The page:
Simple tips for managing nonprofit stressMissionBox co-founder and CEO Kathryn Engelhardt-Cronk tackles the stress and pressures that commonly come with working for a nonprofit in her new column Self-care: Simple Tips for Managing Nonprofit Stress. We invite MissionBox readers to share their ideas and responses, which may be published here as well.
The opinions offered here are based on the author's personal nonprofit experience and may not reflect the opinions of MissionBox, Inc. These opinions should not be considered legal advice or used as a substitute for professional legal consultation.
As a former nonprofit executive director and current CEO, I’ve always had an unspoken rule — a rule that everyone knows. If you have a hair appointment (man or woman) we’ll work around it. Priorities!
If you think this is frivolous, I urge you to reconsider. I’ve spent a career watching nonprofit professionals give 1000 percent to mission, working nights and weekends to get the job done, whatever that may be. Taking time for a simple thing like a haircut or a "little color touch up" can make you feel great because you look and feel your best.
I’ve never known any staff member who misused this privilege. I only see the smile when someone leaves the office to keep that long scheduled appointment for hair or nails or skin care. They come back on time, refreshed and feeling good, with an even bigger smile.
There are many who will criticize me for this viewpoint. After all, when we’ve signed up to help people or animals or the environment, what does it matter what we caregivers look like? What kind of shallow, capitalist, brainwashed people are we? News flash — unashamedly shallow, just once in a great while. And who deserves a little pampering more than someone who gives 90 percent of their life in service to others?
And if all this doesn’t matter to you, that’s great. Ignore this article. Most mortals, however, have some small (or larger) hint of vanity or at least some small desire to look as fresh and attractive as they can. And that may mean self-care that doesn’t always include a yoga mat or a gym. Of course, health is important, but so is beauty — whatever that means to each of us.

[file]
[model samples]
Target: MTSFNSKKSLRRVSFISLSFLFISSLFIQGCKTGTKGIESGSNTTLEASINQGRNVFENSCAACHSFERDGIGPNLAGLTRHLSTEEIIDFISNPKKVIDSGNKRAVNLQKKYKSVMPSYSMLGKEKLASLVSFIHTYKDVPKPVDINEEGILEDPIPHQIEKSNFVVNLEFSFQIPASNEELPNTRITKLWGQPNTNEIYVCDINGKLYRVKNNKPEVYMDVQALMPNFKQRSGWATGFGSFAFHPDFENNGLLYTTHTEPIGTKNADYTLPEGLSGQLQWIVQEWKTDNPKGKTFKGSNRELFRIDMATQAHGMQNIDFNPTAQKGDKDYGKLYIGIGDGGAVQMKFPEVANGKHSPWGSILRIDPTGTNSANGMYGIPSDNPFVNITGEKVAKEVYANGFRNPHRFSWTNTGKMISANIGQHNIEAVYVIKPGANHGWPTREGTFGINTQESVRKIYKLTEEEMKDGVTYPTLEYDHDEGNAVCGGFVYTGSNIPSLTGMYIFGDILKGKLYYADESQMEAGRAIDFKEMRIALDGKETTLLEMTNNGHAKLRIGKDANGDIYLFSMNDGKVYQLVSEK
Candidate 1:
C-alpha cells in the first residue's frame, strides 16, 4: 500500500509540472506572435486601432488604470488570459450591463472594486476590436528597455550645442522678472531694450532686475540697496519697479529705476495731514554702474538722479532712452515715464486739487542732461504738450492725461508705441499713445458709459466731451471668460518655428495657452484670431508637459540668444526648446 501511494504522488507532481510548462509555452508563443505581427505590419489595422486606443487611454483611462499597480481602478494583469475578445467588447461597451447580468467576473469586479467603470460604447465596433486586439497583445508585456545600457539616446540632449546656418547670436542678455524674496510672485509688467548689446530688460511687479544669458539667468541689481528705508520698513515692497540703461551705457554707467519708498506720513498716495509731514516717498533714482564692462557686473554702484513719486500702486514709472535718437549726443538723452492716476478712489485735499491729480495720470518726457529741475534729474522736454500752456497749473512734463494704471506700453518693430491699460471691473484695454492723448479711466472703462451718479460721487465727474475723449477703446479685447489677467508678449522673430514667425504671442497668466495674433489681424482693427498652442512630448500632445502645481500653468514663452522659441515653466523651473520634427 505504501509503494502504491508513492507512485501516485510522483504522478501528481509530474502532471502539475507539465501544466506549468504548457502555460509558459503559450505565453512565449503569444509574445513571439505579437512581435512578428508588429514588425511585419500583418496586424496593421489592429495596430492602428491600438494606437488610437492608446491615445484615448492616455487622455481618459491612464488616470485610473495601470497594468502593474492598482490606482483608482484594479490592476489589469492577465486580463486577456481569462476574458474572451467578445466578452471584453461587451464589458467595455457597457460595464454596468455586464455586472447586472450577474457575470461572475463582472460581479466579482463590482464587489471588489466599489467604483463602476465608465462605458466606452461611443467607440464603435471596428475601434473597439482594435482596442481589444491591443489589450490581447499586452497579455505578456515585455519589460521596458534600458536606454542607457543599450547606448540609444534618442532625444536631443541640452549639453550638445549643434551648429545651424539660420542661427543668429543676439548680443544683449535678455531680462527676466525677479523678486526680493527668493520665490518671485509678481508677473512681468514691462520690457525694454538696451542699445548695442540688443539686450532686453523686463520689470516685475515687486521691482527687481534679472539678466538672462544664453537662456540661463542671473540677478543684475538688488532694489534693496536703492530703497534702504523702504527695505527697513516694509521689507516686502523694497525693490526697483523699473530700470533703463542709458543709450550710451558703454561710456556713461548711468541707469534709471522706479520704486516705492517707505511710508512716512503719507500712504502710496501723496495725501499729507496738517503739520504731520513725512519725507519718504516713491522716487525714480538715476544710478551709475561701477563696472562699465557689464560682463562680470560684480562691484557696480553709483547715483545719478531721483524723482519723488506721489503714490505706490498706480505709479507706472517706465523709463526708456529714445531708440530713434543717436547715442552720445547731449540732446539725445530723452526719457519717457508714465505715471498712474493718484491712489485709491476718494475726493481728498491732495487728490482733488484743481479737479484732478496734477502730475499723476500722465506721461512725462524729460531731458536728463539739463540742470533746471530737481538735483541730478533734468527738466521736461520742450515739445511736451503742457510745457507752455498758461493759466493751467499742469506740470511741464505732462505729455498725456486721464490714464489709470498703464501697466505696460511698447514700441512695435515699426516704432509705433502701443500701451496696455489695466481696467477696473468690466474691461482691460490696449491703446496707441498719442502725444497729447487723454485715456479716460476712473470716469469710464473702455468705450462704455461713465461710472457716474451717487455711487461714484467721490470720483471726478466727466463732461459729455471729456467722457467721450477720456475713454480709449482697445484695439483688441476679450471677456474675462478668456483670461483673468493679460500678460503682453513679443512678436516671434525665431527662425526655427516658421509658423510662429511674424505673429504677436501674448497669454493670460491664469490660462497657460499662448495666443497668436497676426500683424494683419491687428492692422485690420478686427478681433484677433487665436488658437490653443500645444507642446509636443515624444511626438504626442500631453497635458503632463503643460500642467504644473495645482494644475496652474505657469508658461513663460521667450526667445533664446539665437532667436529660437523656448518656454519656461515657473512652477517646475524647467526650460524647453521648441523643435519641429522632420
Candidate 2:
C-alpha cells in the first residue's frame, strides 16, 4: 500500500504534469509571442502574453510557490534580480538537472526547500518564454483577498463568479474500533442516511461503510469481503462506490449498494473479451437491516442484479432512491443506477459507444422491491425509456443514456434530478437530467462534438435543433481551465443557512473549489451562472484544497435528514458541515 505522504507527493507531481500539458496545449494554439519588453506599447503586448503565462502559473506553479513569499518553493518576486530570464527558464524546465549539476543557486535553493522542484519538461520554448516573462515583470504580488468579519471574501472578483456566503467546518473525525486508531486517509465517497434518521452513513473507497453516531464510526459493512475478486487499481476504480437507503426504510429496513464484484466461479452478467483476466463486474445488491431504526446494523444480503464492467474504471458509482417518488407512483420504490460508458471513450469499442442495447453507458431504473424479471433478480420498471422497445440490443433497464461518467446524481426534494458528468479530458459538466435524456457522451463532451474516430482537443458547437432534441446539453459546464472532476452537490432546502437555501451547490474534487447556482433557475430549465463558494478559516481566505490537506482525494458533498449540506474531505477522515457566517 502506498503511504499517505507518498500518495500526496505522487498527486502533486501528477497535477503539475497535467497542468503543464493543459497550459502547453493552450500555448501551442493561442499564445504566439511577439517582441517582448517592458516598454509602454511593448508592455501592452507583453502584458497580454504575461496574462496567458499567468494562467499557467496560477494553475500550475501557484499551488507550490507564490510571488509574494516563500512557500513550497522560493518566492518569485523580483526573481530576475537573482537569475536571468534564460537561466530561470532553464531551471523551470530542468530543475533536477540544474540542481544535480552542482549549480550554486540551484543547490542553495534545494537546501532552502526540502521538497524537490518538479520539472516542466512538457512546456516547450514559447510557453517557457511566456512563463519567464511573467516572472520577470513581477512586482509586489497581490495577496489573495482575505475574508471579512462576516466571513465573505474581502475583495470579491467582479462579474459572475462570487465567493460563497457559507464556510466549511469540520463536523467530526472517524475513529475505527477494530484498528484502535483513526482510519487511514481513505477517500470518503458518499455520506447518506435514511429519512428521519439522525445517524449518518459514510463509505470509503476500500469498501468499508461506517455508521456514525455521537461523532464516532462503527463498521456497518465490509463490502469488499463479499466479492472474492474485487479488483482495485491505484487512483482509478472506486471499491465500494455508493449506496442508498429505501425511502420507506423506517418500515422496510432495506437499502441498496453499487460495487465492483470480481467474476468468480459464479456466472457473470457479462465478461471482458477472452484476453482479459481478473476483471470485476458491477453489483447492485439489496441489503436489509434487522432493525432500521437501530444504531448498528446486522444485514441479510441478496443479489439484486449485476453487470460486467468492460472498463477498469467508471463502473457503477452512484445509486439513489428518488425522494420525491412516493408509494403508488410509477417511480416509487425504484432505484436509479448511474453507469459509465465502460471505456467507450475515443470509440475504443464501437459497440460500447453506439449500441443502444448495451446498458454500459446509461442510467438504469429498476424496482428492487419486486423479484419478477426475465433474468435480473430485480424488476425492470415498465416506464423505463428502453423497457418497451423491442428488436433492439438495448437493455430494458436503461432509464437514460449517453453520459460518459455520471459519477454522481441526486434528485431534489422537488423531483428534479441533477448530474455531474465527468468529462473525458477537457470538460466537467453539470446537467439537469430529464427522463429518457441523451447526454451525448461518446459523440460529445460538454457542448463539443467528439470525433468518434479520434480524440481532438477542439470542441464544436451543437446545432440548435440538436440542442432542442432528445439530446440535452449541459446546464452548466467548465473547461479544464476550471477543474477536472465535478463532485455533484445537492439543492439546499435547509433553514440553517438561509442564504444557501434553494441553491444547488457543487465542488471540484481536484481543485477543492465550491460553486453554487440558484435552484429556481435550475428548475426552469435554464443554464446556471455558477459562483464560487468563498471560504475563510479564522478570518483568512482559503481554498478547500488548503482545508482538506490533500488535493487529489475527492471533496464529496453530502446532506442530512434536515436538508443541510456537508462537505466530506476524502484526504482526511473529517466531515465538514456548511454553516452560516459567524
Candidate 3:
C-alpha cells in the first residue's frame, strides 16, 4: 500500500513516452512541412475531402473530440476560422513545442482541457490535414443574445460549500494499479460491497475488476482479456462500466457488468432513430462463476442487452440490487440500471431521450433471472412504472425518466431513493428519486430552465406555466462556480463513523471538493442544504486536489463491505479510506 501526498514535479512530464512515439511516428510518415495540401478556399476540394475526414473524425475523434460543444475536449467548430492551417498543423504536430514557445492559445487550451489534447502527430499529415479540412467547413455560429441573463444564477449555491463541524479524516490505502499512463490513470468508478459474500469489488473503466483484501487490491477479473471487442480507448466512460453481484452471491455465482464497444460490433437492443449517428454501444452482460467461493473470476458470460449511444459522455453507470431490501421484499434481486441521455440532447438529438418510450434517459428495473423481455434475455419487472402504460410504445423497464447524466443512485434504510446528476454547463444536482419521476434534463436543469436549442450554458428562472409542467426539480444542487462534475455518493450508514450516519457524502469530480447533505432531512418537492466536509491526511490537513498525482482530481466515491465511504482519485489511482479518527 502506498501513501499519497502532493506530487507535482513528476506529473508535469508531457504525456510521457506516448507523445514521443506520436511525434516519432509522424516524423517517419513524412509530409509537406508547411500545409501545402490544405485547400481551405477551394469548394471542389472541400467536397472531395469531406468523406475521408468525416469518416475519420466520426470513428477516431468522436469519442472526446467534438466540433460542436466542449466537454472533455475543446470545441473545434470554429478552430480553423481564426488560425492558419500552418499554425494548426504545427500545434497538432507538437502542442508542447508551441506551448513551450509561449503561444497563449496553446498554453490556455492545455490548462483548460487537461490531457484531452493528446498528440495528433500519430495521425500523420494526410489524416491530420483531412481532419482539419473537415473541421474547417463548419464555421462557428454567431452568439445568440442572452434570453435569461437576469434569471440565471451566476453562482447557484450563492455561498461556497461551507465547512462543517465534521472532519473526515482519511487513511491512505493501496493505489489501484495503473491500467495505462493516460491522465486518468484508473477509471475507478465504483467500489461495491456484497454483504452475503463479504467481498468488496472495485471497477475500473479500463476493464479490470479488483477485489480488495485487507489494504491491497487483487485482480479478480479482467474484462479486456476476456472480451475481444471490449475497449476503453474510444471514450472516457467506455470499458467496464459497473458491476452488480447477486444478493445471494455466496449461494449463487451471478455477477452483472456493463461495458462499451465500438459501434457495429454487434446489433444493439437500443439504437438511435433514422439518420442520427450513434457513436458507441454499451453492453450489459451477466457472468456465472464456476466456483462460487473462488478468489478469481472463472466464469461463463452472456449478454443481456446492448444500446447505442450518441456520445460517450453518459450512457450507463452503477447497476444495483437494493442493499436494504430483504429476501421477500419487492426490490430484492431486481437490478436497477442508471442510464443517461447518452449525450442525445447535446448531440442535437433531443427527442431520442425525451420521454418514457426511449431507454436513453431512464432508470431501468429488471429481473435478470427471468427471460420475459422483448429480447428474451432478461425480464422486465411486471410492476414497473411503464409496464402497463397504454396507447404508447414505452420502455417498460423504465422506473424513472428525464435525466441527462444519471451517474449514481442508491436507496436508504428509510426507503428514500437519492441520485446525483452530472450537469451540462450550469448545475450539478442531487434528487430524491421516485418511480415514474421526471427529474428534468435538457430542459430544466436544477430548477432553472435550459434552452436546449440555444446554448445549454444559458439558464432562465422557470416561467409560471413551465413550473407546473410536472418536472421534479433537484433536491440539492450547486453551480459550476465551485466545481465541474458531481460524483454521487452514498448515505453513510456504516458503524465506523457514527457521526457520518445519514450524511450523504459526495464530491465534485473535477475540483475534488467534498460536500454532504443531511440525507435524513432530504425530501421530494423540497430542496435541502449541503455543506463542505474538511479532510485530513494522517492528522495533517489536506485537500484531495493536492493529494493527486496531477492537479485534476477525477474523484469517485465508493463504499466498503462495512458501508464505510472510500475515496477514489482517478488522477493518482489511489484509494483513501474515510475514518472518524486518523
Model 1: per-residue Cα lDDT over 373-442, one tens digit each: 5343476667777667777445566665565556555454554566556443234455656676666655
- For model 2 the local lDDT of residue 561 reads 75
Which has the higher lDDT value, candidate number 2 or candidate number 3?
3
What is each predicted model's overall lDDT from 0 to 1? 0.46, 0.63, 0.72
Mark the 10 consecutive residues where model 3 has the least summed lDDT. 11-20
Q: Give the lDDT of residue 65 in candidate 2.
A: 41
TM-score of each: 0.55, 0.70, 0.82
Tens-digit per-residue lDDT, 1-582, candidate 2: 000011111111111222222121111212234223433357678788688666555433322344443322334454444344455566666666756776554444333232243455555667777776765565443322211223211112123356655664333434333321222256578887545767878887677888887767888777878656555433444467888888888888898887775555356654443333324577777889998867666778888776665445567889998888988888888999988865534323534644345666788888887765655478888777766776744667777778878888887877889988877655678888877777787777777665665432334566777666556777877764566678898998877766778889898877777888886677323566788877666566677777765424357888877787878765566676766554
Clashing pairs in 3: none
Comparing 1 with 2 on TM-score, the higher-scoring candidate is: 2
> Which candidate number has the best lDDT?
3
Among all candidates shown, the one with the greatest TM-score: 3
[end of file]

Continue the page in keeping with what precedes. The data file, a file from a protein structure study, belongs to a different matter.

I’m going to keep supporting my team members to be a little selfish and shine it up.
CEO, MissionBox Inc.
What do our nonprofit readers think? We would love to hear about your own ways of handling nonprofit stress. Email us at editorial@m
Robert P. says ... I like this idea. Not necessarily the specifics of hair care, but the issue of clashing priorities. In spite of what some managers would have us believe, we don't really live to work. Stuff like mandatory (and usually unpaid) overtime, "face time" and feeling pressure to stay in the office until 7:30 or later, offer a wealth of subjects to be explored.
I knew two managers, one male and one female, and my kid brother worked for a third, who were single and literally had NOTHING ELSE in their lives but work. Unfortunately, they demanded this same devotion from employees. Five p.m. meant not the end of the day, but merely the beginning of the day's second round of work. One even scheduled a staff meeting on Christmas Eve. One I knew scheduled a mandatory training session on Super Bowl Sunday and when I pointed this out replied, "Your point?"
I recommend a great book by a psychologist friend, "My Therapist Is Making Me Nuts!: A Guide To Avoiding Life's Obstacles" in which he discusses the issue of clashing priorities and ways of dealing with life's many challenges.